By Michael T. Ross, M.D. & Mike McManus

Imagine Detroit transforming with Marriage Mentor Ministry.

Marriage is the vibrant center of the common good. At a time when systemic disintegration of marriage has created a crisis of global proportions, marriage remains the most valuable and cost effective resource for a family, a community and for a nation.

Community Marriage Policies answer a vital need for our times. To understand how communities can reverse this modern plague of broken humanity and heal ourselves, we need to understand just what is happening to us.

See how the city of El Paso, Texas, has been transformed by Marriage Mentor Ministry.


The marriage crisis has seven key elements:

1. Marriage is plummeting:  The marriage rate has plunged 54% since 1970.  If the same percentage of couples were marrying now as in 1970, there would be over a million more marriages annually – 3.3 million marriages instead of 2.2 million.  “Since 1972, the number of marriages celebrated in a Catholic Church has fallen 60 percent,” said Sheila Garcia of the U.S. Conference of Catholic Bishops.[i] In Michigan, the overall marriage rate for all population groups, has plummeted 35% since 1990, 14.4% in the past five years, and 18% in metropolitan Detroit. Only 9.2% of Detroit households are married couples with a minor child.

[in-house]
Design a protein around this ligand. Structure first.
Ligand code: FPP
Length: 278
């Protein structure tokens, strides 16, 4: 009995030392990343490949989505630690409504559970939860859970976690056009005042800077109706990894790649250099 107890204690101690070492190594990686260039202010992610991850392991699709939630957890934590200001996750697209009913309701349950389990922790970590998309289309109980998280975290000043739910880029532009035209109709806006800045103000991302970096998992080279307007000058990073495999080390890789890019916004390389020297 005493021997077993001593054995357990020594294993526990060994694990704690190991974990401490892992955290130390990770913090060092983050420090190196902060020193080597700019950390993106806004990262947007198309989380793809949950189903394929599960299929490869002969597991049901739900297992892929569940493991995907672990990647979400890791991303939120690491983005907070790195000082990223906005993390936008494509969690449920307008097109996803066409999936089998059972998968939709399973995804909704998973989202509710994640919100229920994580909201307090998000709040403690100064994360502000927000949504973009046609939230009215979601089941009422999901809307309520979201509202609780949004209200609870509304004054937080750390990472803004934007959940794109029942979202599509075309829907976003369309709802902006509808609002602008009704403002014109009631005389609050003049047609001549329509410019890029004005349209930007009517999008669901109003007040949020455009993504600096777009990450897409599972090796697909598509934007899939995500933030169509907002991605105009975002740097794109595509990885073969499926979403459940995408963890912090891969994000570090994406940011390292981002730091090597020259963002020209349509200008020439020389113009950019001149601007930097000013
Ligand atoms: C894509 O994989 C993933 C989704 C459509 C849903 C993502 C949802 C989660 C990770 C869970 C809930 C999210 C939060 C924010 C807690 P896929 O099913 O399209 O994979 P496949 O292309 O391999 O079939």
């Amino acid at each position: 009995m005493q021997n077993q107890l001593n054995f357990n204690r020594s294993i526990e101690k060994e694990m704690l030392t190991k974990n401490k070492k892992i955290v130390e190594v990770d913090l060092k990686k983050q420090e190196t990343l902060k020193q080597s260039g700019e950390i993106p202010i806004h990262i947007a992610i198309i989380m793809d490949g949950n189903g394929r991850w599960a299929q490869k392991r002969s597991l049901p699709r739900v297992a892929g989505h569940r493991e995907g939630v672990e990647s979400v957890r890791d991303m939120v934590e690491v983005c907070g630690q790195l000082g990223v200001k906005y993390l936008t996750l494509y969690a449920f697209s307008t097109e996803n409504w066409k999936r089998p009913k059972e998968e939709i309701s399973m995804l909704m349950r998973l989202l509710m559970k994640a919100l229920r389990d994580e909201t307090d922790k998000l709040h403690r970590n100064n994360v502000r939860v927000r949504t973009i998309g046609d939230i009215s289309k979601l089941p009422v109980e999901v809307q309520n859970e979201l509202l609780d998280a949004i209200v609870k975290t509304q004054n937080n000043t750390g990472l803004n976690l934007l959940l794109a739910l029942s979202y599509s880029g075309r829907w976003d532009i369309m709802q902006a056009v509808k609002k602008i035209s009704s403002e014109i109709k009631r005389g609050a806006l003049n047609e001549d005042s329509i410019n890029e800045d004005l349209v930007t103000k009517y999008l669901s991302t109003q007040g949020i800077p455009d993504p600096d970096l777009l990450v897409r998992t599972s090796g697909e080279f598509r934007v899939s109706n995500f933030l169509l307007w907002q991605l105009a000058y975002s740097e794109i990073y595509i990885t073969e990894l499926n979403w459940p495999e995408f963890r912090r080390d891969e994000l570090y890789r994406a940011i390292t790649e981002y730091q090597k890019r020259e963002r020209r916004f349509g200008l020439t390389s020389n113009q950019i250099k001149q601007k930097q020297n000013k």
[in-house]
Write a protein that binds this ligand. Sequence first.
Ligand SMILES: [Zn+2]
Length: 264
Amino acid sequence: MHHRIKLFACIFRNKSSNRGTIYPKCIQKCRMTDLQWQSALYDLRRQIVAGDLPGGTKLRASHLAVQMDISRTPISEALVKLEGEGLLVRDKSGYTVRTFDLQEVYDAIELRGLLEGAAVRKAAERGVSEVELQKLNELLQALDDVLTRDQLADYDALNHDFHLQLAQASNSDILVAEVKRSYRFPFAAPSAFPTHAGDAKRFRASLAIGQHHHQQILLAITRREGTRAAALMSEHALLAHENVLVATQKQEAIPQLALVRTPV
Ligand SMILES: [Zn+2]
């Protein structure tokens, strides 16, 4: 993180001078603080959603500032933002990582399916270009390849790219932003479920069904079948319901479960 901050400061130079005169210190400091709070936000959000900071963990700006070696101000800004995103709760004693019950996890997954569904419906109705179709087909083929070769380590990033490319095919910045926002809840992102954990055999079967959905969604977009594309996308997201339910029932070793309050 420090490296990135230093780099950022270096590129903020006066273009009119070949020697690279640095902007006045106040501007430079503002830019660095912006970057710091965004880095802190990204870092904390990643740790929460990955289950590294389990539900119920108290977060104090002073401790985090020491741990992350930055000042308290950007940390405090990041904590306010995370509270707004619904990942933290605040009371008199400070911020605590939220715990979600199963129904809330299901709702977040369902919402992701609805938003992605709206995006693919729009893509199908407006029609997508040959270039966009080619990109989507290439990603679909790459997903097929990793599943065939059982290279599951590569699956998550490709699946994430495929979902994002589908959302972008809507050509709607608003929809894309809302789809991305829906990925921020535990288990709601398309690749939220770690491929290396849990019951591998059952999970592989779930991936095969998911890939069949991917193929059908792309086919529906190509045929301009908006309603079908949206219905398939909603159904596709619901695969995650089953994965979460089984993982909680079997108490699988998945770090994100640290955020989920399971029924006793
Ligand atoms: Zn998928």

2. Divorce remains sky high: About half of all new marriages end in divorce.  There have been 46 million divorces since 1970 involving 92 million spouses and hurting 44 million children. That represents 136 million parents and children or about 43.4 % of the US population. During this same time period, Catholic annulments soared from 338 in 1968 to 50,000 in 2002.[ii]  Considering that divorce also hurts the grandparents, more and more as they age, and aunts, uncles and cousins of those directly affected, it becomes clear what a social holocaust divorce represents for our entire nation. Adults from divorced families cohabitate and divorce more. They marry and practice a faith less.

3. Cohabitation is replacing marriage: The number of unmarried couples living together has soared 18-fold from 430,000 in 1960 to 7.6 million today.  Many couples living together say they are in a “trial marriage.”  That myth is dispelled in Living Together: Myths, Risks & Answers by Michael and Harriet McManus. Nine out of ten are actually in a “trial divorce.” The only question is whether they will break up before or after the wedding.